As these seven facts about Poland’s rising homeless population shows, the Polish government is trying to help those who find themselves down on their luck, but the problem has festered due to inefficient programs. Though these programs clearly aim to help people in dire situations, they do little to solve the overall problem of keeping people off of the streets. The country will clearly appreciate help from the E.U., but the way Poland uses the money will determine people’s fates.

Collin Williams
Photo: Flickr

Every day, millions of homeless people around the world continue their struggle for survival by turning to the generosity of strangers for help in getting basic necessities and the spare change to be able to live through another day. For those without essential security and the means to provide for their own basic needs, begging for change is the only way to earn an income. For these homeless people, every dollar helps.

Someone who is homeless does not have regular or adequate residence where they can live and sleep. Some homeless are sheltered in cars, with family and friends, or in shelters. Unsheltered homeless people do not have any cover at night and sleep exposed to the elements. Of the U.S. homeless population, approximately 10 percent live on the street.

The homeless population reflects the general population, and homelessness can happen to anyone. It affects individuals and families alike. It can happen to anyone regardless of age or race or background.

The poverty and insecurity that leads to someone becoming homeless can come from a variety of factors. Some common reasons that people become homeless are domestic violence, lack of affordable housing and assistance, lack of public support and benefits, mental health challenges, lack of jobs or a competitive living wage, substance abuse, among other influences.

Aid to homeless people is limited and often neglected, and many people are comfortable ignoring, stepping over and blaming homeless people for their insecurity and very public vulnerability. Homeless shelters tend to be full with waiting lists frequently closed. Many homeless people are left to fend for themselves with no means to support themselves.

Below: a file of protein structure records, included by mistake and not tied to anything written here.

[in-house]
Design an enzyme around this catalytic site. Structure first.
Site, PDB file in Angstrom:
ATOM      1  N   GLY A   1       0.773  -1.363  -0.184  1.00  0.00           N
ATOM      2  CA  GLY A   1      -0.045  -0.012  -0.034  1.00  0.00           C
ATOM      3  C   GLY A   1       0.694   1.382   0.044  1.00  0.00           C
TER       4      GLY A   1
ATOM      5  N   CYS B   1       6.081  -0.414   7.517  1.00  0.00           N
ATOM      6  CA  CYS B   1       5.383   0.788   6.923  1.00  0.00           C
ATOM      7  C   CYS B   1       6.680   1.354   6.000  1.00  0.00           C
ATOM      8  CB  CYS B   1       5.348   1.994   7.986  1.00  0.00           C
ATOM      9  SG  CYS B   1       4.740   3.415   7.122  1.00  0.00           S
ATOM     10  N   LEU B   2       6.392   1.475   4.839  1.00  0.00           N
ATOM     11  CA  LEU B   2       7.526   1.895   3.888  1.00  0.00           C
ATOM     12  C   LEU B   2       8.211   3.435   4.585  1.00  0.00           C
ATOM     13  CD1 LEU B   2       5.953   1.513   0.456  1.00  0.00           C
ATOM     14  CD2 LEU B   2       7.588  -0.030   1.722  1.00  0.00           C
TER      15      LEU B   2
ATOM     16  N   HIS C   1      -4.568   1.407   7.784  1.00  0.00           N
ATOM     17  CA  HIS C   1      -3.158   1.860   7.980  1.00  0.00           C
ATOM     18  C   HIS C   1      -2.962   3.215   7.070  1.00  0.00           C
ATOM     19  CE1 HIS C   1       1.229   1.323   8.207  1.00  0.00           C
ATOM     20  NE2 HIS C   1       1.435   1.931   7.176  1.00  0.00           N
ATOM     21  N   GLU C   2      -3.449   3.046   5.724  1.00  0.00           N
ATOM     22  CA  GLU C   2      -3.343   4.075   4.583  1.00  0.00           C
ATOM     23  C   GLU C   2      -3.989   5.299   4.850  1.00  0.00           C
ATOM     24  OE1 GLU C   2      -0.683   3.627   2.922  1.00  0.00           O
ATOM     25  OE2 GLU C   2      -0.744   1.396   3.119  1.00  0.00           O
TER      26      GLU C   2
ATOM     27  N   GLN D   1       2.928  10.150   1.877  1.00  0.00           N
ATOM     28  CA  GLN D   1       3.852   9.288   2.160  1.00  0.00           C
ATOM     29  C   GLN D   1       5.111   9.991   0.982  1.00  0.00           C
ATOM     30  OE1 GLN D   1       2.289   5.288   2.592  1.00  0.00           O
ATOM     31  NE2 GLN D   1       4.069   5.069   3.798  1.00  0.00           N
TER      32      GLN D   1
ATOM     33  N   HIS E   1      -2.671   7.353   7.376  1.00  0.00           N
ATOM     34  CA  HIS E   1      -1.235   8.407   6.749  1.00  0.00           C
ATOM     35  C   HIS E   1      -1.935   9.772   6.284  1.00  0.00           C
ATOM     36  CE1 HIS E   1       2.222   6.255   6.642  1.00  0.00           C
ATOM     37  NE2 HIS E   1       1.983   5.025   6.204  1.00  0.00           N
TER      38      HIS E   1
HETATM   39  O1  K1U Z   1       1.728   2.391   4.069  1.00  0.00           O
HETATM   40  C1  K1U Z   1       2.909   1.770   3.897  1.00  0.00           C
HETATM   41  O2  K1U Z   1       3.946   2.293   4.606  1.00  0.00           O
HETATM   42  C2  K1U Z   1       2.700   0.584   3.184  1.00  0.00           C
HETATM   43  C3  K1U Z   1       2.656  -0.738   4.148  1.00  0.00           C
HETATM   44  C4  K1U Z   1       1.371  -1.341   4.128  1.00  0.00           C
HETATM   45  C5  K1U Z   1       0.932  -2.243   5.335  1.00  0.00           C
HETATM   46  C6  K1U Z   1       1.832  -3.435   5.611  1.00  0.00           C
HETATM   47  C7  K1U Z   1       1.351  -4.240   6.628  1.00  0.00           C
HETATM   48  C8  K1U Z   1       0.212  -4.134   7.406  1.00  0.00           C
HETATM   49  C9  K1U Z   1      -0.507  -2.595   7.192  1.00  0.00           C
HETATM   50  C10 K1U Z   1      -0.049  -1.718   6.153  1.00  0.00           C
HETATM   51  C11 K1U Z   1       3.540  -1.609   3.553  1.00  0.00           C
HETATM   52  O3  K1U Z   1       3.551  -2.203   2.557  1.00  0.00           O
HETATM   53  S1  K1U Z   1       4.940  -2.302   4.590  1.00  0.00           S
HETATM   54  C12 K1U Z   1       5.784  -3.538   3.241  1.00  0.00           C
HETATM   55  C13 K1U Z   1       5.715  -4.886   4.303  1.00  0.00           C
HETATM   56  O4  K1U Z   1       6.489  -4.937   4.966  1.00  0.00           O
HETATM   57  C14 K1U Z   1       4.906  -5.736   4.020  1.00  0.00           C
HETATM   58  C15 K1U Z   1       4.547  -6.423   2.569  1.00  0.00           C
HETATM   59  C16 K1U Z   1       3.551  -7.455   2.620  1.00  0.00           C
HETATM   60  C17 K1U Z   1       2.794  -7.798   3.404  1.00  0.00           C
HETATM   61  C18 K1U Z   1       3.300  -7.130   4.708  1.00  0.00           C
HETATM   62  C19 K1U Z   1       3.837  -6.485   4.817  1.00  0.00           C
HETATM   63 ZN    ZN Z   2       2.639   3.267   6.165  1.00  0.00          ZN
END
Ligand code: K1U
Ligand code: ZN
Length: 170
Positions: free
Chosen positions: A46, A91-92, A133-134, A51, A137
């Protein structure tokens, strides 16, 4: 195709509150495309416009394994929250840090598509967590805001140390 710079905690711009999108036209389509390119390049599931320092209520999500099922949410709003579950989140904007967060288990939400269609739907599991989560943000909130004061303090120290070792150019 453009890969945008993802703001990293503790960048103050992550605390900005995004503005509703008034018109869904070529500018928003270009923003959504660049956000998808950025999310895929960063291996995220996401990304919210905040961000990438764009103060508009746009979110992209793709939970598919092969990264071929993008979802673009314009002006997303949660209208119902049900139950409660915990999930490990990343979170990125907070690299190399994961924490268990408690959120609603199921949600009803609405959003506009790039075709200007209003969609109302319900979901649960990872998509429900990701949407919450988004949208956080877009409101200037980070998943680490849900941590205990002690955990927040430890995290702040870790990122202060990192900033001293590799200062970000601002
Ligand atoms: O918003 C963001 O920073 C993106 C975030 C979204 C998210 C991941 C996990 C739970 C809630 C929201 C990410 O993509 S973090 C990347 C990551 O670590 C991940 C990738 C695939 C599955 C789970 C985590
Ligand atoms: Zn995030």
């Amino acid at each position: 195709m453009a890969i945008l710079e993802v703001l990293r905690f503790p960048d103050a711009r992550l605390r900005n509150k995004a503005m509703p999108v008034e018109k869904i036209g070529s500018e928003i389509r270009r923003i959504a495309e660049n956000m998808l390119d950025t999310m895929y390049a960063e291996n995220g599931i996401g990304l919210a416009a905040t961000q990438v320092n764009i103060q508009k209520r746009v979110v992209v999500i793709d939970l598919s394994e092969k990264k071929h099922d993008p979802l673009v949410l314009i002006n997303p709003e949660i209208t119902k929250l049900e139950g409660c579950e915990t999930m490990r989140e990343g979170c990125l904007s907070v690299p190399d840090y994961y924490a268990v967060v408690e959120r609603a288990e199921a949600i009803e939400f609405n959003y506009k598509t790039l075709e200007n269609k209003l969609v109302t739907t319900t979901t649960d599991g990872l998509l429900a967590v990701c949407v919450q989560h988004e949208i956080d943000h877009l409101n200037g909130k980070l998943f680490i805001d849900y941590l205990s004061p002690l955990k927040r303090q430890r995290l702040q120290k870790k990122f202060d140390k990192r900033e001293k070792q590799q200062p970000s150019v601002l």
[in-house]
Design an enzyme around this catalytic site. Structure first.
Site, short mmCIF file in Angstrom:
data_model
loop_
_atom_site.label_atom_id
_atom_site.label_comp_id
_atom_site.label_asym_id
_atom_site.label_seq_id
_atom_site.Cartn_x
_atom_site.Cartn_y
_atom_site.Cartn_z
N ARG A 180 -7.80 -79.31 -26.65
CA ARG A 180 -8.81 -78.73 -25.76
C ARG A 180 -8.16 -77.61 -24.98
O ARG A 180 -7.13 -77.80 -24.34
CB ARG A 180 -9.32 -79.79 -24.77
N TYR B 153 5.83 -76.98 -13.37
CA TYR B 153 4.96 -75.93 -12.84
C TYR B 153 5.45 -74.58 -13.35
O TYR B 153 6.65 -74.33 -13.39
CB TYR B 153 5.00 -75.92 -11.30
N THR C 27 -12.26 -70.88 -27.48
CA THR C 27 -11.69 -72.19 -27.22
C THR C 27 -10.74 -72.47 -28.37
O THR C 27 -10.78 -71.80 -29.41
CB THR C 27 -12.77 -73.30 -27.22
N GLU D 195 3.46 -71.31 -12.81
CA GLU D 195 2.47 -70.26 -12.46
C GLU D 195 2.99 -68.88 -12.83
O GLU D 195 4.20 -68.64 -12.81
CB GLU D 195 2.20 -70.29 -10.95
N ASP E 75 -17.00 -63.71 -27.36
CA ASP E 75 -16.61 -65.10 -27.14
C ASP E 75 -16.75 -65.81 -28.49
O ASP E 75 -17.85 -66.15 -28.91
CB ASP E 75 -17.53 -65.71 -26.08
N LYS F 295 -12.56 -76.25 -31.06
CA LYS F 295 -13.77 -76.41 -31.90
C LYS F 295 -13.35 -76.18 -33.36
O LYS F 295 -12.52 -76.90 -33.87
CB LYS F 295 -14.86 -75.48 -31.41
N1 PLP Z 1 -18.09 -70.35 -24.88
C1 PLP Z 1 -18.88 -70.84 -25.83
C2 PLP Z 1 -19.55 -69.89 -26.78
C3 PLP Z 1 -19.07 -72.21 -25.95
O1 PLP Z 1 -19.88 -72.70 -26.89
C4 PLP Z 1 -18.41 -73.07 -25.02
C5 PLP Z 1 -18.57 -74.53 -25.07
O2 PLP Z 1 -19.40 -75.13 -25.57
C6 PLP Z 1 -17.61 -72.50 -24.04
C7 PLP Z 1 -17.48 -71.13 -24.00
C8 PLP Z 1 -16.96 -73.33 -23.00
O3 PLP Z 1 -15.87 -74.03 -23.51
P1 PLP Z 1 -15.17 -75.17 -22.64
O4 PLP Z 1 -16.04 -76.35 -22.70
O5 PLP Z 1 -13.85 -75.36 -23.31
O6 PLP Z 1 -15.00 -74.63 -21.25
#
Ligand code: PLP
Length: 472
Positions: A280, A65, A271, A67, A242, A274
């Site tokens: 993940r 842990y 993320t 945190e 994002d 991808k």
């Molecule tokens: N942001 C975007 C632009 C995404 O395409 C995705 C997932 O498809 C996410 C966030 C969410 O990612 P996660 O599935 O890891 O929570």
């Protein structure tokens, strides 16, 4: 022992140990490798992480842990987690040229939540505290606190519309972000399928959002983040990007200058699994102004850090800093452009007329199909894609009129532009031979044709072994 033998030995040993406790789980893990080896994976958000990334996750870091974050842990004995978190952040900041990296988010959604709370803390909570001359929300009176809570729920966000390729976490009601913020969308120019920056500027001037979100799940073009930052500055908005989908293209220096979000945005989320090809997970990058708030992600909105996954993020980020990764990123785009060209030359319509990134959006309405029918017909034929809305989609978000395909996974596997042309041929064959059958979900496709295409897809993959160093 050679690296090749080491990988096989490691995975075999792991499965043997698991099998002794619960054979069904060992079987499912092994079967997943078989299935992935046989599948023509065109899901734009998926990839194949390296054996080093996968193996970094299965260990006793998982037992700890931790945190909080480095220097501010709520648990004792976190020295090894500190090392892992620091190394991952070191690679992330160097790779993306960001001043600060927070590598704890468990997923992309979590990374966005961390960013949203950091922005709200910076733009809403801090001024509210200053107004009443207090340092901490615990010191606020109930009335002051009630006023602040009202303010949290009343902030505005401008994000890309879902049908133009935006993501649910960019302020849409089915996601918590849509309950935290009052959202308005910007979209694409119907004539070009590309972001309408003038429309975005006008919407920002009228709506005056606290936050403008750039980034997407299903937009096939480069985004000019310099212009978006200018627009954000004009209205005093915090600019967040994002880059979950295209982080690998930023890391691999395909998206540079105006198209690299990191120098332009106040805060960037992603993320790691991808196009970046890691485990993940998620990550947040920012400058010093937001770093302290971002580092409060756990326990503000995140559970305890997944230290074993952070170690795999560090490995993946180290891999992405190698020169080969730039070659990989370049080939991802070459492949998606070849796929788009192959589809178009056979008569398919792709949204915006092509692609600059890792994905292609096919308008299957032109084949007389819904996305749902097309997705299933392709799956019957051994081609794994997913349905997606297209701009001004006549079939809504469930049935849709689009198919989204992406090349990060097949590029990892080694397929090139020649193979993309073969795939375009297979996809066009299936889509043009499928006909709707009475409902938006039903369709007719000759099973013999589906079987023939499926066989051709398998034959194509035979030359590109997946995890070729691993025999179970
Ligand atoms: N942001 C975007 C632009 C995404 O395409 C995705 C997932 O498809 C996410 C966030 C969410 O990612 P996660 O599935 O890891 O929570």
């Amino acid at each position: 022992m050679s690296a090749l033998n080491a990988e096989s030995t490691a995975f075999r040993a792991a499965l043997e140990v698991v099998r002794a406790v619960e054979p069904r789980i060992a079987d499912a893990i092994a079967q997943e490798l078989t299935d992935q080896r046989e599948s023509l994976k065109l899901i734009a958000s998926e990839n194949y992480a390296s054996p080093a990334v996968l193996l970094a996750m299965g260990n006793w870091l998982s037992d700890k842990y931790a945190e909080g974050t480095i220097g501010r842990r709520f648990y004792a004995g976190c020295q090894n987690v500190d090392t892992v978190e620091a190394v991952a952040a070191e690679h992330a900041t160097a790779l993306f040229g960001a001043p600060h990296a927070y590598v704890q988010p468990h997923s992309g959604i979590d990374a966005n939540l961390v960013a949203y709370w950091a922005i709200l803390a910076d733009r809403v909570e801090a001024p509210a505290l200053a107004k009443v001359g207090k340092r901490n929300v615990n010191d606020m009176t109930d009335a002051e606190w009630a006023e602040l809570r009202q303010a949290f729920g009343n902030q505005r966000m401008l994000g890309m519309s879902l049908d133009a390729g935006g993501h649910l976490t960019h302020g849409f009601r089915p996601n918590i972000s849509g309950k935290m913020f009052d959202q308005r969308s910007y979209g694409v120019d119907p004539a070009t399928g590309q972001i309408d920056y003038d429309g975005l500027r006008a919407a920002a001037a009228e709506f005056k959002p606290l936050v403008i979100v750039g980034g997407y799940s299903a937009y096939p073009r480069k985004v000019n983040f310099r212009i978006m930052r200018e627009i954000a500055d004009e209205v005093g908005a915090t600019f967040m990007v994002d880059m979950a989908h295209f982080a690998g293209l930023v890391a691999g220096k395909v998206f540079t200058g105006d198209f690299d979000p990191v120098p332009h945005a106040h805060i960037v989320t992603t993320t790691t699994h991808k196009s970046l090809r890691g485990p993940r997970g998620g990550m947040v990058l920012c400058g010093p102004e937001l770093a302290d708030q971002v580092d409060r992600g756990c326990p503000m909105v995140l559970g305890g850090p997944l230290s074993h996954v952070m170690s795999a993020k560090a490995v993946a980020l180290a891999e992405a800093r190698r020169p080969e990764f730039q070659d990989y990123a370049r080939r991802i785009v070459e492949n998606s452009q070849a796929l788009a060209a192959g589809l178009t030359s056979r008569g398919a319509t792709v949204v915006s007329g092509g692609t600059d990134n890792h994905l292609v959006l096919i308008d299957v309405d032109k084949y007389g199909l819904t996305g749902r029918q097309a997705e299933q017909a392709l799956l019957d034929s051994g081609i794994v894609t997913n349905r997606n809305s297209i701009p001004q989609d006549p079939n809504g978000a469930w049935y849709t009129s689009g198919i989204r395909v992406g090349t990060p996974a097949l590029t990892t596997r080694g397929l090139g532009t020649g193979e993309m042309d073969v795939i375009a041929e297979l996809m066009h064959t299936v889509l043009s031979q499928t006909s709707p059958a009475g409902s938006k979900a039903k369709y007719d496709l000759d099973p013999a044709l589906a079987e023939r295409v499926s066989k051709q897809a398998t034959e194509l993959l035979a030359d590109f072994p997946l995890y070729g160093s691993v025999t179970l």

Many who are homeless are suffering from mental health concerns and substance abuse issues. Their vulnerability and needs should not be a reason to turn away or be afraid to give assistance. The money that they receive is all that they live on and all that they have to purchase the things that they need.

A financial contribution of any amount is appreciated and beneficial. A homeless person can use someone’s contribution to purchase medication and first aid items, personal hygiene products, food, shelter, clothing, and any other item of basic necessity. Additionally, the act of reaching out to another person, recognizing that they are in suffering and need, and connecting with them, can not only uplift spirits, but help maintain social ties and bonds that let them know someone cares.

Giving money to those who are in need is not just an act of charity but an act of conscience. Those who are homeless need your assistance, and generosity is always appreciated. One can donate to a public or private social service agency, or directly to a homeless person. Every dollar given counts, especially to those who receive it and know that they have nowhere else to turn for help.

Nina Verfaillie
Feature Writer

Sources: Project Home, Huffington Post